Developer experience focuses on sparking joy with the processes, communication methods, and technologies your developers use daily.
List of developer insights on the nuances of their day, and how addressing them can be the difference between a good and excellent developer experience in your organization.
Largest bottleneck for developer experience: Developers want out of this vicious bloated testing cycle.
What’s it like in the shoes of a developer at your organization? And which parts of their days spark joy for them or, on the flip side, make them want to throw their laptops across the room?
Answering these questions is one of the most critical aspects of nurturing a successful development program.
Your entire business benefits when your software engineers feel like they can perform their jobs well and are unhindered by inefficient processes, miscommunication, or technologies. Understanding and streamlining your developers’ daily jobs is part of developer experience.
Developer experience (DX), while a qualitative concept, can be measured quantitatively and improved with tangible actions. For example, some organizations focus on updating their automation, CI/CD pipeline practices, DevOps methodology, and testing, to create a better work environment for their developers. This, in turn, improves developer experience by removing barriers that would prevent them from doing their jobs well. It’s all about “tidying up” your developers’ processes and technologies so they can function better on a daily basis.
Consider Marie Kondo’s techniques for cleaning up houses: keep things that spark joy and retire the things that do not.
Developer experience focuses on sparking joy with the processes, communication methods, and technologies your developers use daily. It starts with picking the right tools, techniques, eliminating the ones that aren’t working, and fostering a company culture of learning, growing, and innovating. Some companies even employ specialized Developer Experience Engineers to improve this aspect of their culture.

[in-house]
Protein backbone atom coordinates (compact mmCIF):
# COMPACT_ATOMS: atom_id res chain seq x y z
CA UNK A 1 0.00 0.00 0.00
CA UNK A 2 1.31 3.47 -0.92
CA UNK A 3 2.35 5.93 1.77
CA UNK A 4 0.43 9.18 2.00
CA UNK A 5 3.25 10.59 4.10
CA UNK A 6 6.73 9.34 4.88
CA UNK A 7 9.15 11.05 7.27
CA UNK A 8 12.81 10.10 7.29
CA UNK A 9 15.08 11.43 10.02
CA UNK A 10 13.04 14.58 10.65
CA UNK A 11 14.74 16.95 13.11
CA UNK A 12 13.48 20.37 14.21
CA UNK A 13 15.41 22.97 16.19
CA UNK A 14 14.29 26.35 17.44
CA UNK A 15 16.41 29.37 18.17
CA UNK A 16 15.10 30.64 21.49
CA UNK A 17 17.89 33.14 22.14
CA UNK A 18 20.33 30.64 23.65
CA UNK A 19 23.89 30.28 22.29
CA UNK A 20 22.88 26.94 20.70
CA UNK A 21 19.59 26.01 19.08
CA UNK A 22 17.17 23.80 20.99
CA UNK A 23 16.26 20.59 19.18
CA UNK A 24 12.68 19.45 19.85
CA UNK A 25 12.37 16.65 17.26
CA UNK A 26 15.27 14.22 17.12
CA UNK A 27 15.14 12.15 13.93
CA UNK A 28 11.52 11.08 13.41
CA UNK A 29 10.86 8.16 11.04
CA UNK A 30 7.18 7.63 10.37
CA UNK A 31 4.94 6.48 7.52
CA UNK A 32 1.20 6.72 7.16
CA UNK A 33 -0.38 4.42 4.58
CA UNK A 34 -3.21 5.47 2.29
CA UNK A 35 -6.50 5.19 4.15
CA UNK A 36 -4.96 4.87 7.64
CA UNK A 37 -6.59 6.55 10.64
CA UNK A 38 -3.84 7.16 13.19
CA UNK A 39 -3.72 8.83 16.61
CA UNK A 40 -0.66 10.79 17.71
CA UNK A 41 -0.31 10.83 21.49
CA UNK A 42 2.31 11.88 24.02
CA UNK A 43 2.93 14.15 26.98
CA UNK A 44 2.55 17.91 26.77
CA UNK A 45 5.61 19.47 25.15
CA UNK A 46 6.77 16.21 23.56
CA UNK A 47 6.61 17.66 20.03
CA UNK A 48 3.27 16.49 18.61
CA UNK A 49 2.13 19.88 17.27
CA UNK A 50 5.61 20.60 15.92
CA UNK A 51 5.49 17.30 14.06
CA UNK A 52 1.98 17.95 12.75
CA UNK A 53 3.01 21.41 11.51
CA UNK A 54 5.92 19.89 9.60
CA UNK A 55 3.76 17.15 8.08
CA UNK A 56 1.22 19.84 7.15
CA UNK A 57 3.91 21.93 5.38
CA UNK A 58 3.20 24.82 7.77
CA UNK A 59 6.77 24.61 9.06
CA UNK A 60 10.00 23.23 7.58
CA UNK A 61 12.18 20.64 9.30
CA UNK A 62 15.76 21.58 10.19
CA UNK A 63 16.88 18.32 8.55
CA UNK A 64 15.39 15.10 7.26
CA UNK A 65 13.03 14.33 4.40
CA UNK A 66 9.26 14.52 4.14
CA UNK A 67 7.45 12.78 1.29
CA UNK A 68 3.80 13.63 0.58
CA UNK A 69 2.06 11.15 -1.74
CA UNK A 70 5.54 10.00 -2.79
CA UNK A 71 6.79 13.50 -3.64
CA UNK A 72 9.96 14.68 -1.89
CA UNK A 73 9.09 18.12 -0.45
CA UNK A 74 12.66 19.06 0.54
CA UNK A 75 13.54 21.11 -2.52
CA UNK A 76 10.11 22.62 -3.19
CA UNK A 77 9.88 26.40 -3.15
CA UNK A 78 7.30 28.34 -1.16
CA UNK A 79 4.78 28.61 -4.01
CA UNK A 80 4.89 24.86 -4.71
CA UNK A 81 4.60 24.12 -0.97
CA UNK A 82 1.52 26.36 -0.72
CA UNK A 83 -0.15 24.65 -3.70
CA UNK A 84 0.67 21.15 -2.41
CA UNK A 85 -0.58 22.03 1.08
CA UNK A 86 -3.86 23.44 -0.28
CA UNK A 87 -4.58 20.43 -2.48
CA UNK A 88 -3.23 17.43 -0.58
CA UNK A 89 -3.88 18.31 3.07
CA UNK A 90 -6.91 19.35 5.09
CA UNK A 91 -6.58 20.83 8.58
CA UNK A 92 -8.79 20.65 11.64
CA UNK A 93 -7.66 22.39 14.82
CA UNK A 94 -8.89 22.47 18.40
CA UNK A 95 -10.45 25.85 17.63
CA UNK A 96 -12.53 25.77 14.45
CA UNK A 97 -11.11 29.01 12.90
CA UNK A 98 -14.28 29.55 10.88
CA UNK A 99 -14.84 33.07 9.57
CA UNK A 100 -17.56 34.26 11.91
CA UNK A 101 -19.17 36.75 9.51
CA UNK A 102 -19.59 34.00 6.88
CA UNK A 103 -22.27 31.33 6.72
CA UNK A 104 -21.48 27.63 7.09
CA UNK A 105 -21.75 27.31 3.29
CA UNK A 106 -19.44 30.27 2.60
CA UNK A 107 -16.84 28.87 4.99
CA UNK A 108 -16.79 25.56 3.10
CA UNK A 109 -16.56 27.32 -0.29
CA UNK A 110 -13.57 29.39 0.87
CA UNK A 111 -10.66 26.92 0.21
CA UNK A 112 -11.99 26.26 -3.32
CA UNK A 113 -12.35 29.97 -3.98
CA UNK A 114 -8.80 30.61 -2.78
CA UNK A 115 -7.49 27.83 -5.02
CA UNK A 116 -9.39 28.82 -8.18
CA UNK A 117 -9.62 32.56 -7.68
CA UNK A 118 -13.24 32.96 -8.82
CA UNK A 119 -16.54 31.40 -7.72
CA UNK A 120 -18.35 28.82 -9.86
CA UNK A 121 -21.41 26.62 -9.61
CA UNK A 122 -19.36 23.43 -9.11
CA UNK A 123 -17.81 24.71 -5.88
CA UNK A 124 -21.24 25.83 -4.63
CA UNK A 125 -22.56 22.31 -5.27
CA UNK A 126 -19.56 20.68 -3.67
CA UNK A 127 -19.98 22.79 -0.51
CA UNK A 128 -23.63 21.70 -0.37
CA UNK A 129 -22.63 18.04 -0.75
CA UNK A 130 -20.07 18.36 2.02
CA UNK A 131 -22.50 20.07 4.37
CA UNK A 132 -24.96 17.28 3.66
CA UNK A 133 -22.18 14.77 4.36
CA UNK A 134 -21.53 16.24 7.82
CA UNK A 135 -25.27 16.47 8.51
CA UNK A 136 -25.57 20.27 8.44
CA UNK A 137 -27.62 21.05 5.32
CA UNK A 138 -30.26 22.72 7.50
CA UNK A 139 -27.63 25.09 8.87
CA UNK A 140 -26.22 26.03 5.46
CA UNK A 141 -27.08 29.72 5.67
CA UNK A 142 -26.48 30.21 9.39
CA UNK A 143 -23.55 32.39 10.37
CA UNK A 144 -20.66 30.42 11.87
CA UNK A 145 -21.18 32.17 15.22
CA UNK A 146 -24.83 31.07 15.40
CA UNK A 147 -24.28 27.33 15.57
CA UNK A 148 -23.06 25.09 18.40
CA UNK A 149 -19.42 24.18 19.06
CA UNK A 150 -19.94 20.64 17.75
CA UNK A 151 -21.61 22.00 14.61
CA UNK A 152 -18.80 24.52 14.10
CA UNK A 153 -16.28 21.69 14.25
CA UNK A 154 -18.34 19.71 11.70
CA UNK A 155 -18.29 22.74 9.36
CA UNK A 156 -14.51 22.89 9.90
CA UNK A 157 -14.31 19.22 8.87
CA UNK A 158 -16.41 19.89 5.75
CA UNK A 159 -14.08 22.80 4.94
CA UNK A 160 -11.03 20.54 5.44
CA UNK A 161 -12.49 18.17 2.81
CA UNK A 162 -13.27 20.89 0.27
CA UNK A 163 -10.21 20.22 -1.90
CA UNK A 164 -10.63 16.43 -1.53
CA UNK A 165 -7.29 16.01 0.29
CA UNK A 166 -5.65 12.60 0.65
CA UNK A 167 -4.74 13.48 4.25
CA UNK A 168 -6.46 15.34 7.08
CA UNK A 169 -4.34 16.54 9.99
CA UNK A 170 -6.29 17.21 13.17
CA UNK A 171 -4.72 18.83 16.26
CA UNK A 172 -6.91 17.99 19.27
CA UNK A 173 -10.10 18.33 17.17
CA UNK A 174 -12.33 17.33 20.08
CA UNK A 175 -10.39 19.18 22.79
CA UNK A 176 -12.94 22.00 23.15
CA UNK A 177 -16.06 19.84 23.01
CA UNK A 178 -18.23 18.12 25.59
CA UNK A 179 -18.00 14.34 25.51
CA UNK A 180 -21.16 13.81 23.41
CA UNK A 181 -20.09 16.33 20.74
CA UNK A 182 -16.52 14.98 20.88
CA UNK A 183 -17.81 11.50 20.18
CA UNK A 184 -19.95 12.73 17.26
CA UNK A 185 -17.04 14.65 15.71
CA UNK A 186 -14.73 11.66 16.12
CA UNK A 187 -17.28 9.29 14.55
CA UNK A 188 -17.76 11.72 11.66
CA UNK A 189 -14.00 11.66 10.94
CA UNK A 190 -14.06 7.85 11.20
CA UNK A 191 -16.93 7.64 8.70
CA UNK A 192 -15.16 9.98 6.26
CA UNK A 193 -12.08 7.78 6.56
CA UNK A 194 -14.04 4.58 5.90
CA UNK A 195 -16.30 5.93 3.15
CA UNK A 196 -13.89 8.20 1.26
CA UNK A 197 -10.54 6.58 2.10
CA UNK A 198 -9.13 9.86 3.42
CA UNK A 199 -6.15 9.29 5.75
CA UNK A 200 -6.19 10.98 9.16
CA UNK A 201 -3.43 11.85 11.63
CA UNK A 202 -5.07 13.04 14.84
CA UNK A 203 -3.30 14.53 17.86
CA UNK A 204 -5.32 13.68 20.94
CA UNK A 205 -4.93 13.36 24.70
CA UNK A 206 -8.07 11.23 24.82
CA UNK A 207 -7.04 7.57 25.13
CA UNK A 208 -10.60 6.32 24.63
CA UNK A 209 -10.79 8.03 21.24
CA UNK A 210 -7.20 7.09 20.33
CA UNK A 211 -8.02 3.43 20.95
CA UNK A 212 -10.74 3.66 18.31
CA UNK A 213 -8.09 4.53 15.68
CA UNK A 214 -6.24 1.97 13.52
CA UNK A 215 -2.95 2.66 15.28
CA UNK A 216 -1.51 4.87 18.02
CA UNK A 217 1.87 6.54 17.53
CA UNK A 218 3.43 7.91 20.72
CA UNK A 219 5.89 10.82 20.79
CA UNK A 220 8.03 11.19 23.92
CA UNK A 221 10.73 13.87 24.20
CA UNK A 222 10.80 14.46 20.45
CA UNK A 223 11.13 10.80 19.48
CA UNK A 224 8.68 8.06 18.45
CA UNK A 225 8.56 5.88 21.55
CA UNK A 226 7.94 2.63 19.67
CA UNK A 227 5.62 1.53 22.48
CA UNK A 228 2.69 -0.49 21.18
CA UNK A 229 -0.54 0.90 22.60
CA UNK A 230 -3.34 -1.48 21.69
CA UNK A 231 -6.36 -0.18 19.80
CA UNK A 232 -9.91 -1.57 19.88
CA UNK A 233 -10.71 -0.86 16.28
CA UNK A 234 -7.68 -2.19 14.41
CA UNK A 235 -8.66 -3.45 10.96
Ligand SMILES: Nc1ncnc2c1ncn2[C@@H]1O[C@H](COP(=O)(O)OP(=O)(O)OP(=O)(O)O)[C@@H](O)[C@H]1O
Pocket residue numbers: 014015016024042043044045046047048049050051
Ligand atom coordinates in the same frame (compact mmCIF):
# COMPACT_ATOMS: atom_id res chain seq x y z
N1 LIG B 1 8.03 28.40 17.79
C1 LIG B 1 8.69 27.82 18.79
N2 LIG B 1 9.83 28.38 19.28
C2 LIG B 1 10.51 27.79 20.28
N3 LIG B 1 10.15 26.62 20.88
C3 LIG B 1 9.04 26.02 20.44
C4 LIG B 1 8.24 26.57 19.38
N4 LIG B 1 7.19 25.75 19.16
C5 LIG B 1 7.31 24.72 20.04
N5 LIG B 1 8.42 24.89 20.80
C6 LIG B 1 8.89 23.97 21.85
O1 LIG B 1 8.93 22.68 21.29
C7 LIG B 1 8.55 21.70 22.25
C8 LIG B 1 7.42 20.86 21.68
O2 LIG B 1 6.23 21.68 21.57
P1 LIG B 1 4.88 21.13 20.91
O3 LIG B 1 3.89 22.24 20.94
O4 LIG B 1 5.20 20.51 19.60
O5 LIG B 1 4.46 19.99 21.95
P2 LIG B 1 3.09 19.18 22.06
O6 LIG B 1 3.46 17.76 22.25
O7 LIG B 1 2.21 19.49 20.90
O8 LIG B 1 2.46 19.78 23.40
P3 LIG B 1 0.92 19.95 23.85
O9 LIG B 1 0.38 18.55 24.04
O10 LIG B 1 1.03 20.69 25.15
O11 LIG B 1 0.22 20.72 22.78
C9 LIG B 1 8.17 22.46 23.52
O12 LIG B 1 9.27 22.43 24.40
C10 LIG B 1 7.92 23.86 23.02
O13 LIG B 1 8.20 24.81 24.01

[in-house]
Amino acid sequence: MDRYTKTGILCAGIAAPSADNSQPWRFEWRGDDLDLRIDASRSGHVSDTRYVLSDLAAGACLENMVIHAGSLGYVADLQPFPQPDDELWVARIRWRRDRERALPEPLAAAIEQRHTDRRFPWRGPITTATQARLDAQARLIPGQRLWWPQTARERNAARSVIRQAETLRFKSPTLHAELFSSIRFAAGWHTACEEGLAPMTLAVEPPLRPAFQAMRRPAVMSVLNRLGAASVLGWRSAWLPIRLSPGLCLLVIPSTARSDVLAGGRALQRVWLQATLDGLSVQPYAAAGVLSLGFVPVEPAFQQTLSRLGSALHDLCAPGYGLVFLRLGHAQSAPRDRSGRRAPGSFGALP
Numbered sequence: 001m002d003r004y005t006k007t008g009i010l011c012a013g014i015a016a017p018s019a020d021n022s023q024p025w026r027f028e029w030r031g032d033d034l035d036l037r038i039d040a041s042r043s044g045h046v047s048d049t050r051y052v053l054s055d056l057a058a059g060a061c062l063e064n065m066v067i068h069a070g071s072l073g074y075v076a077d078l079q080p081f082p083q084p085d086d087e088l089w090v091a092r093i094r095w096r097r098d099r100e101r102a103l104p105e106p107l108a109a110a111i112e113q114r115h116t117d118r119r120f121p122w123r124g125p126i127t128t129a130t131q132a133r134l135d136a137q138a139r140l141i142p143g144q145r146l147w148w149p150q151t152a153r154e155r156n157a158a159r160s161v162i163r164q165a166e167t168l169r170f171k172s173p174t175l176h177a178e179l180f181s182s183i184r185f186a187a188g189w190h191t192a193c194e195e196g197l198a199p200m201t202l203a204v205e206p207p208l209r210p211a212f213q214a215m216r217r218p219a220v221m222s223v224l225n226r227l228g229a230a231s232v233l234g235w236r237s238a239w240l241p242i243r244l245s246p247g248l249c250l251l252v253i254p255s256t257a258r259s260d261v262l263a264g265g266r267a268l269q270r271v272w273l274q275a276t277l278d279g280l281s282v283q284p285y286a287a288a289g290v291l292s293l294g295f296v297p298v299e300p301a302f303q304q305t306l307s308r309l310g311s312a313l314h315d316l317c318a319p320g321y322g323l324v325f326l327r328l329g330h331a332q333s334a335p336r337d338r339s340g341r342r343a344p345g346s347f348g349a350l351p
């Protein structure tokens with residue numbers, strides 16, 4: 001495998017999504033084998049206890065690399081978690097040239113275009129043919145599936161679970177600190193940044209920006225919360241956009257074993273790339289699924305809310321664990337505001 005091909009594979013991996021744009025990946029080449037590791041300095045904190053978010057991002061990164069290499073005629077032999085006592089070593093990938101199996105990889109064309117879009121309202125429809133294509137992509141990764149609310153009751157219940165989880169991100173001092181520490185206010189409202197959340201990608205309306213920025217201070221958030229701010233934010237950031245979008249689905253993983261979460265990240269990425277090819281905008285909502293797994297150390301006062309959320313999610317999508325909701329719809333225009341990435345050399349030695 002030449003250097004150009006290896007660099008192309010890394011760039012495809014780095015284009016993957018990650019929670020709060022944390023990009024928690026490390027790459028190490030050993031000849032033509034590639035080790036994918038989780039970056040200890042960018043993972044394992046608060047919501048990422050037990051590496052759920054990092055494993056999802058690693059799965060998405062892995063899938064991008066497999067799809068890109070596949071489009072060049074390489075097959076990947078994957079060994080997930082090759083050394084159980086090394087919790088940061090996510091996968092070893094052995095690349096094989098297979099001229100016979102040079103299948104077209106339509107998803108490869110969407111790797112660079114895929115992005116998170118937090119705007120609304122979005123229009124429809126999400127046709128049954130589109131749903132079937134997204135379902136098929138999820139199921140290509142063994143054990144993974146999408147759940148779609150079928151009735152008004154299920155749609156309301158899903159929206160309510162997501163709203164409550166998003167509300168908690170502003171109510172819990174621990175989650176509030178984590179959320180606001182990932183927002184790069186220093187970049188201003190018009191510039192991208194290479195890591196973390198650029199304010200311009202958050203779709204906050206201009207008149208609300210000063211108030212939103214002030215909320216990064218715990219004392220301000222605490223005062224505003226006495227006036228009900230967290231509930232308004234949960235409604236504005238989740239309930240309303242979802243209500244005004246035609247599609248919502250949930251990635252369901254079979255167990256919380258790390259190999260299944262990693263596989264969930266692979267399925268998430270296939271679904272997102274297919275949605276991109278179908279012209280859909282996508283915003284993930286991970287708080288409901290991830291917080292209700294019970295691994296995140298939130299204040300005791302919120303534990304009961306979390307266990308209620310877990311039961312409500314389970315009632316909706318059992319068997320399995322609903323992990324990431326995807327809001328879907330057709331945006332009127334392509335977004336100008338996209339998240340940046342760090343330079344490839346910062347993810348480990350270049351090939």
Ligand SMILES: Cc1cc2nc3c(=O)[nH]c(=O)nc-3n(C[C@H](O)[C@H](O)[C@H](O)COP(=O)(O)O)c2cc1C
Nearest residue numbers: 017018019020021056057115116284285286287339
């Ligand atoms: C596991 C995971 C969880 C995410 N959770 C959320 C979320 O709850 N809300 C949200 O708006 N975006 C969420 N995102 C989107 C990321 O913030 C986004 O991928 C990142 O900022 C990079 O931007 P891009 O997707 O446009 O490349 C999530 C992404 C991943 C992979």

But is developer experience just another buzzword being tossed around by executive teams, or is it actually a concern to the developers themselves? Well, it turns out that development teams aren’t quiet about what they think of DX. In fact, every developer could probably list the top ten blockers that impact their daily developer experience.
Many elements nurture great developer experience: culture, tools, product, talent, and DX-focused health metrics, to name a few.
But above all else, listening to your developers and their insights on the nuances of their day can be the difference between a good and excellent developer experience in your organization. Here are some top developer insight categories that support great developer experience.
When developers are writing code, they have to know where their errors are so they can fix them as soon as possible. If they have to go on a wild goose chase to find what’s broken, they’ll end up wasting time and getting frustrated.
Accurate, balanced alerts are very important for developers – not too many arbitrary ones and not so few that they’re left to guess what went wrong. Development teams can set up alerts using the right automated testing (to catch minor errors as they come up) and fine-tuning your alert process with the right technologies.